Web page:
That part you quoted is, I think, what it's all about. Think about that when we disagree:

That's what we're supposed to do.

It's the reason I always praise you, Ann:

You may not always like it, but you seem to "get" it.

Don't Tread 2012 said...

"I don’t know if it was worth dying for—what is?"

When somebody questions like this, whether something is worth dying for, tells me that there is measurable doubt about the undertaking.

I admire this man for the risks he took to tell a story.

But I too have my doubts about whether or not it is worth risking your life to chronicle via pictures a conflict in a part of the world that few can imagine or understand. Sometimes, these things have no explanation, and even more troubling, no resolution.

Maybe he didn't see that he couldn't really impact the situations he seeked, rather, that he became part of them.

paminwi said...

I personally admire those who have the courage to go into places I would never have the courage to go. I try to learn from those people and take it forward with me as I make decisions about those running for office (who of course are just as afraid as I am to go into those places).

From reading Restrepo and then watching the movie you realize there is so much you don't know about what happens in the world we all opine on every day. We need reminders by these special people not to opine so quickly.

Peace to his family.

John Lynch said...

Very moving. If it weren't for war, what would journalists do?

Larry J said...

If you get the National Geographic Channel, they're broadcasting "Restrepo" twice Monday evening. It's well worth watching.

"I don’t know if it was worth dying for—what is?"

As Martin Luther King said, "a man who hasn't found something he is willing to die for is not fit to live."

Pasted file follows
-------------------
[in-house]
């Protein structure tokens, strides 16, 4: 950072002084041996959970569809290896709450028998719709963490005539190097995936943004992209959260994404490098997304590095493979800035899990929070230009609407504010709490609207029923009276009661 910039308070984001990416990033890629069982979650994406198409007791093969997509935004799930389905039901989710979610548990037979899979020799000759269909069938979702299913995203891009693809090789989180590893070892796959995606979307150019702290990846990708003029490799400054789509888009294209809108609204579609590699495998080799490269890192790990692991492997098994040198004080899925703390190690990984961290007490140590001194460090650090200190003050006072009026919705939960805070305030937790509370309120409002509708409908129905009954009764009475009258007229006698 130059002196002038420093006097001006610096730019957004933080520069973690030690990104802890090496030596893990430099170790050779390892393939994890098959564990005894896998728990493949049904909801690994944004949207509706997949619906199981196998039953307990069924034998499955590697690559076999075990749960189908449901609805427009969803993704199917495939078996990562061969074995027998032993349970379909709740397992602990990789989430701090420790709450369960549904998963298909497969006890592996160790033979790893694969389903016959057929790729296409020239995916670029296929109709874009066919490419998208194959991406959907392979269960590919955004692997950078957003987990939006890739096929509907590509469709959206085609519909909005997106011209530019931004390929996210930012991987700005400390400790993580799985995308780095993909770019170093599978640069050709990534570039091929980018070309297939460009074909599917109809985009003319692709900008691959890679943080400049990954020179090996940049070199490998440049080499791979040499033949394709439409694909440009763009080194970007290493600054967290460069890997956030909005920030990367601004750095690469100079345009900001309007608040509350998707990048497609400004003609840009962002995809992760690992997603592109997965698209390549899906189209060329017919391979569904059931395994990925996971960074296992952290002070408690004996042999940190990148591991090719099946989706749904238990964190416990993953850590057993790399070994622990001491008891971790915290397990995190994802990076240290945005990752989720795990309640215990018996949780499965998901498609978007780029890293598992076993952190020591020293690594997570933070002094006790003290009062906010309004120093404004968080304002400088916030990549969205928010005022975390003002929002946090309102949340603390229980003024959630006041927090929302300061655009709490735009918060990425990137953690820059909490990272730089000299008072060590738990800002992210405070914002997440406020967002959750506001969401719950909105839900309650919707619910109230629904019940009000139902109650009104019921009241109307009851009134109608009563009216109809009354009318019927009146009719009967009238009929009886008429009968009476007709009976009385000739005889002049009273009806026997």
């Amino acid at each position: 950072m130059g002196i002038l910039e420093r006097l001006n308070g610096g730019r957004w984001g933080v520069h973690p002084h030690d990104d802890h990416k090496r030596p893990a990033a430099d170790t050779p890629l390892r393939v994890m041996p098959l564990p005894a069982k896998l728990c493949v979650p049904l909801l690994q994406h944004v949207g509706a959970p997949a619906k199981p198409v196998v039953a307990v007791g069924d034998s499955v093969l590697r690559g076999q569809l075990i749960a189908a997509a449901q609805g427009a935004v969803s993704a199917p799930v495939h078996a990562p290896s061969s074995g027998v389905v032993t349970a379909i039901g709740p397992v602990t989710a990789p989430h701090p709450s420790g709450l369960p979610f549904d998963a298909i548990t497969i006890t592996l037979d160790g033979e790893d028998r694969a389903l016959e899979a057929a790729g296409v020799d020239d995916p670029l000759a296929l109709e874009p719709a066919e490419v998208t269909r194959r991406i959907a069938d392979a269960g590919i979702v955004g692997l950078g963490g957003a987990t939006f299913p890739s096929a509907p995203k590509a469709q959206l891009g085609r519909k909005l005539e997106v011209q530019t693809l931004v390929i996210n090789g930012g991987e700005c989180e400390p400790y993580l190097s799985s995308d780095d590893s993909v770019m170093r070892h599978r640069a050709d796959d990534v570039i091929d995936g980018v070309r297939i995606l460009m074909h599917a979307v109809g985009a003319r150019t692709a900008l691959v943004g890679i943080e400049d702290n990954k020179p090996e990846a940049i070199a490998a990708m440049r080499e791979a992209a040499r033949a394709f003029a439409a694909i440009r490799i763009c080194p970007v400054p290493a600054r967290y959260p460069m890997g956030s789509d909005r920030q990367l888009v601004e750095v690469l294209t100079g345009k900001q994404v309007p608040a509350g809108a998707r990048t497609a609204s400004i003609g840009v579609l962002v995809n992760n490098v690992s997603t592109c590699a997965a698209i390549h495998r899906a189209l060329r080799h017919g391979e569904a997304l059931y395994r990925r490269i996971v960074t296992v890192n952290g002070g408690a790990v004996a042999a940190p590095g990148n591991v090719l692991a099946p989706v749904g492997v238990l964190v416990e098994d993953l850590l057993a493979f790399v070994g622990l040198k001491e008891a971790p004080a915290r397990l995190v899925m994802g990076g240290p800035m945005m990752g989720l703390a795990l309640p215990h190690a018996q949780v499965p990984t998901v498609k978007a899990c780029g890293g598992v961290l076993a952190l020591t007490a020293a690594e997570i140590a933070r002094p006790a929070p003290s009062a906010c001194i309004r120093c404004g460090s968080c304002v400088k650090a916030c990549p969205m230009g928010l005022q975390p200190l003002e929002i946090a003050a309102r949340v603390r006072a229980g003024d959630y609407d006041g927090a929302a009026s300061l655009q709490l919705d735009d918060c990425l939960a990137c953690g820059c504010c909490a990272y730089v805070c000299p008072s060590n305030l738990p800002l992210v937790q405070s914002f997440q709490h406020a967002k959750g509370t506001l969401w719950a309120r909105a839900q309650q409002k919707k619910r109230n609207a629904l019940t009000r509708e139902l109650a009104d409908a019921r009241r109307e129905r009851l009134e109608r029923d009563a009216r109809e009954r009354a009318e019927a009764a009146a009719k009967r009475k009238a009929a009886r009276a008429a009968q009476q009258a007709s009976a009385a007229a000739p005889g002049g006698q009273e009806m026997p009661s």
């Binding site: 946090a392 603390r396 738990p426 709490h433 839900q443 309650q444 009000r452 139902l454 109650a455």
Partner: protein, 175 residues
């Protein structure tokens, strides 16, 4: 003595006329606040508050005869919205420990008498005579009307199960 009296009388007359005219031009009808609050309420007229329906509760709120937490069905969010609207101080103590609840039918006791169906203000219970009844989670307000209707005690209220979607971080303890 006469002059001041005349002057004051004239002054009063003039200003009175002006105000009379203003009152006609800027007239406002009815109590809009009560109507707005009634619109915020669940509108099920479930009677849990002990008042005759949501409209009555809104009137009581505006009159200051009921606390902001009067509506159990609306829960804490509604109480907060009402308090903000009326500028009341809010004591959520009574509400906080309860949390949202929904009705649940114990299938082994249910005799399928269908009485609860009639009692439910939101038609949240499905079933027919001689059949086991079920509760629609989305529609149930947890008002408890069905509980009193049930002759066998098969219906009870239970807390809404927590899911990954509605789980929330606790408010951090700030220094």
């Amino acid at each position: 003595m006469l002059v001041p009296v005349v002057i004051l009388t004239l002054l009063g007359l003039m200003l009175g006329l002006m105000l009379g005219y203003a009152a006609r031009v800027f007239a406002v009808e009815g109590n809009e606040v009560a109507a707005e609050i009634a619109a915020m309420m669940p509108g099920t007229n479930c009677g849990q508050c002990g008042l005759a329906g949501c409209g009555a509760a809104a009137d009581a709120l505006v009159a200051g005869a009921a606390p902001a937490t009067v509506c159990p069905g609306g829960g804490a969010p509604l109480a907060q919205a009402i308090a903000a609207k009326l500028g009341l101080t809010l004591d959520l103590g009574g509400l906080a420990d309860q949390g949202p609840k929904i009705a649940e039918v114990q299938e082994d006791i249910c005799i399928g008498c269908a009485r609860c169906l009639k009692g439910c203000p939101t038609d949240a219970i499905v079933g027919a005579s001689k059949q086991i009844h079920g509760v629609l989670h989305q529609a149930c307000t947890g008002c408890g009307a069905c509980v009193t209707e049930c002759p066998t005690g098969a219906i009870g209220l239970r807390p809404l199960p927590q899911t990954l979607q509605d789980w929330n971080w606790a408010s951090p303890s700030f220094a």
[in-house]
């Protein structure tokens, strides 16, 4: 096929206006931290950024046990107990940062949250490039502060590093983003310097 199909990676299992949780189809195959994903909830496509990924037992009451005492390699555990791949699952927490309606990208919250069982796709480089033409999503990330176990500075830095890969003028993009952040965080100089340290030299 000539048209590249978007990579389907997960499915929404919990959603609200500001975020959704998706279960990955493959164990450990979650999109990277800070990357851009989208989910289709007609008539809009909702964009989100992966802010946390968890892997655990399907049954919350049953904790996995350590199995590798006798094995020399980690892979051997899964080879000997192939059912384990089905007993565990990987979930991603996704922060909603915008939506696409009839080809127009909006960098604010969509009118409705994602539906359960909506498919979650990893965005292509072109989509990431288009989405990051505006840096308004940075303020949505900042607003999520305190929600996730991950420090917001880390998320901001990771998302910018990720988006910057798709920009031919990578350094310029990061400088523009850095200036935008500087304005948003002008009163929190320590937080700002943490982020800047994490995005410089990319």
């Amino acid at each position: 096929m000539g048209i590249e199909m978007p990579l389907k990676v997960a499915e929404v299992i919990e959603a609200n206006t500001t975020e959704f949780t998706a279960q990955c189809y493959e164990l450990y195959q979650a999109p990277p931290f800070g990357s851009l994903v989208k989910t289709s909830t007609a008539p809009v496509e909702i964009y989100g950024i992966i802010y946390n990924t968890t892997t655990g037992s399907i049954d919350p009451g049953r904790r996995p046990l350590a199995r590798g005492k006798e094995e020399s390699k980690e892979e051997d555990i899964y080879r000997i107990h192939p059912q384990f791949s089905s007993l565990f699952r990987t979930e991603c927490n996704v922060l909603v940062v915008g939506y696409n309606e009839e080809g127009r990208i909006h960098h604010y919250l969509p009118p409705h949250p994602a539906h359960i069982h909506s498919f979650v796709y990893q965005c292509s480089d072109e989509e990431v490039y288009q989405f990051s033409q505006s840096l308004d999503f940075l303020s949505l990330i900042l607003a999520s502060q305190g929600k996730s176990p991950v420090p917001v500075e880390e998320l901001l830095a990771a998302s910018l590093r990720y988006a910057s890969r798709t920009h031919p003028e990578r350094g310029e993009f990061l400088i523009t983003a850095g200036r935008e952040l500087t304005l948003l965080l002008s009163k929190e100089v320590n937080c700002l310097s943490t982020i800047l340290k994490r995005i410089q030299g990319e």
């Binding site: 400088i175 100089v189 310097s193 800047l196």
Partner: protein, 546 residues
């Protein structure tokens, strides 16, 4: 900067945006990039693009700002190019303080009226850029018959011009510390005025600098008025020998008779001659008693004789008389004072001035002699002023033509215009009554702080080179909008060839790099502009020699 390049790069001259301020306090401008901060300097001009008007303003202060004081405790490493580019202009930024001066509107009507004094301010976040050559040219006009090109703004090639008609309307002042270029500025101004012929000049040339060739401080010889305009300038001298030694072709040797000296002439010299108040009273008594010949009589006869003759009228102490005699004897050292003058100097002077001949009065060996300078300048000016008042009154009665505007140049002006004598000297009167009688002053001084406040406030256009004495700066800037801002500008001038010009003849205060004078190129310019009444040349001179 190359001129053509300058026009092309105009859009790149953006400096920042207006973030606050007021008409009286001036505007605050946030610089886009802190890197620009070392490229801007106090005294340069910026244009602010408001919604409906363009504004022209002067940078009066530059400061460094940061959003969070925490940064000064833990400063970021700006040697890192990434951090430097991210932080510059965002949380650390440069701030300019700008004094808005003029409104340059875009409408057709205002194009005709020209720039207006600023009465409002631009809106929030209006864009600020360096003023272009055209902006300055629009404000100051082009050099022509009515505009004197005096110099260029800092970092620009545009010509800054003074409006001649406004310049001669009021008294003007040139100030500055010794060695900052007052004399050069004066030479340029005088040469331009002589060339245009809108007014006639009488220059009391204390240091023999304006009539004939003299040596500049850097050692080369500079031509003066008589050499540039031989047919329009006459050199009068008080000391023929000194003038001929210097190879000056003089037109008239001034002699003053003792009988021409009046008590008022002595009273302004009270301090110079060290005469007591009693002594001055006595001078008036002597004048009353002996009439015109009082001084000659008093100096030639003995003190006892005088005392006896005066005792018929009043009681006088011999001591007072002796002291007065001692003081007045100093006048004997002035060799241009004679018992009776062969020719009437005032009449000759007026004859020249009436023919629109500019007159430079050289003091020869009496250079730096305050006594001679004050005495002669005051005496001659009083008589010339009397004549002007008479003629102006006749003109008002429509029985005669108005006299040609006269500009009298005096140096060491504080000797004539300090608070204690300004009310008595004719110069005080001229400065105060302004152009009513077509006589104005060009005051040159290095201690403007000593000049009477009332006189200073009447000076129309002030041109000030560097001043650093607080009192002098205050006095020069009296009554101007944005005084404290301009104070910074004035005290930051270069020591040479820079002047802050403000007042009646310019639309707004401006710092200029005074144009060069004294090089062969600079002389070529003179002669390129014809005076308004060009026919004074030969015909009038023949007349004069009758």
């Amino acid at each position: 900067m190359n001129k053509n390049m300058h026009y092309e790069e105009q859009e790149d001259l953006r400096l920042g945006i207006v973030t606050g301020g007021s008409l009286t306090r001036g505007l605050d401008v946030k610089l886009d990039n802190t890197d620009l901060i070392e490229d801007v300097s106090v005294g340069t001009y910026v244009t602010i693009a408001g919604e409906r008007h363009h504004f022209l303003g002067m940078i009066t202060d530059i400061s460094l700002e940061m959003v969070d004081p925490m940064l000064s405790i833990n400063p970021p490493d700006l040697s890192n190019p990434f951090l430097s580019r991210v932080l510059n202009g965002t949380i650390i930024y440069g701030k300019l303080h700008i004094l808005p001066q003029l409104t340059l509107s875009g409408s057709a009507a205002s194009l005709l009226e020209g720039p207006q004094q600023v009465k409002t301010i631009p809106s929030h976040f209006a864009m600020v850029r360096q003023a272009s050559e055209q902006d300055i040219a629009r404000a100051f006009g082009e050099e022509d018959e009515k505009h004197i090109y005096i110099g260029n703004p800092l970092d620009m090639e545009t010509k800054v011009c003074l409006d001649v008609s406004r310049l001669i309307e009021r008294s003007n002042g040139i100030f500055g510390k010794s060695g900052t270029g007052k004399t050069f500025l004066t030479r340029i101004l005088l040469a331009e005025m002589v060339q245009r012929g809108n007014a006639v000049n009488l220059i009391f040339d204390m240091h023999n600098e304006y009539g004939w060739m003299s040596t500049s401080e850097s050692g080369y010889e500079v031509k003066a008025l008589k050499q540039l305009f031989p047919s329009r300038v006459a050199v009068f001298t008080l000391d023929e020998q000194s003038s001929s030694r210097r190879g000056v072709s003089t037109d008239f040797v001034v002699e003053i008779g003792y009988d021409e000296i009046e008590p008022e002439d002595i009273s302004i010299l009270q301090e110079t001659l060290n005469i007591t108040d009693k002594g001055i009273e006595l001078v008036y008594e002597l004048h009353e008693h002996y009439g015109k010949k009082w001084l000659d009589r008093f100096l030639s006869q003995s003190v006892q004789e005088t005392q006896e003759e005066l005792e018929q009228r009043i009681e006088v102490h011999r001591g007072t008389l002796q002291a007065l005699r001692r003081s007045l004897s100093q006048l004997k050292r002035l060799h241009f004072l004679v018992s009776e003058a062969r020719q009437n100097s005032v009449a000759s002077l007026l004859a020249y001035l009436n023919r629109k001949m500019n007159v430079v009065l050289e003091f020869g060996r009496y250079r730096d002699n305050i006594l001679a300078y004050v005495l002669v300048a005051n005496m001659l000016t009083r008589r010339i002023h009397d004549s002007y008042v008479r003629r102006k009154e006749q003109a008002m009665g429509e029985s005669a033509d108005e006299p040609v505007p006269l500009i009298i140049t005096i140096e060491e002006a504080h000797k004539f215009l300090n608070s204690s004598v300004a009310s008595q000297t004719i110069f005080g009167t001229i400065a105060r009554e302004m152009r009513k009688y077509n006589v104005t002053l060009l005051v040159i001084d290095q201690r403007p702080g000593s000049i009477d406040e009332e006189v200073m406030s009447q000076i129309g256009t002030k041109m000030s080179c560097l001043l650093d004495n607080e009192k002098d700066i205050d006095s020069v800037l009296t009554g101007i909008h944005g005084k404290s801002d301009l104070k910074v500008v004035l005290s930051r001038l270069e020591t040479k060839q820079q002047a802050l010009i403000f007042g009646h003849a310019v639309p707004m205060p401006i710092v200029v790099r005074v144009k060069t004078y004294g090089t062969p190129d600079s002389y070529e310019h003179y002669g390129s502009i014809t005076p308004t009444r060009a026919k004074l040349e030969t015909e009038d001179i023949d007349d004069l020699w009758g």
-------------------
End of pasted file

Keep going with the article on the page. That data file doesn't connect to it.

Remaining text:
Synova said...

"Worth dying for" is a tricky thing.

If death was assured, what would we chose to die for? That's a different question than how much we are willing to risk death.

(And if death is assured, what we hope to accomplish through it is asked to meet a higher test as well.)

I'm sure that most of us have heard this: It's not about dying for your country but about making the other guy die for his.

Give me liberty, or give me death: Death is the second choice, not the first.

Of course "imagine" nothing to die for and what is left to live for?

It's not, I think, if something is worth the death, but if it is worth the risk. It might be worth the risk. People do risky things all of the time. Some people take more risk than others and they judge if the risk is worth it or not.

MamaM said...

@ John Lynch, Thank you for the link.

This stood out, reminding me of some of the protest behavior:

...but it nevertheless remains a matter of sorrow to me that, with the opportunity for individual participation in the glories of our culture greater than ever before in all our history, the meretricious, the vulgar, and the downright hideous should triumph so easily, should find so eager a reception in the minds of men.

abeer ahmed said...

visit us on lifeandstylemag.com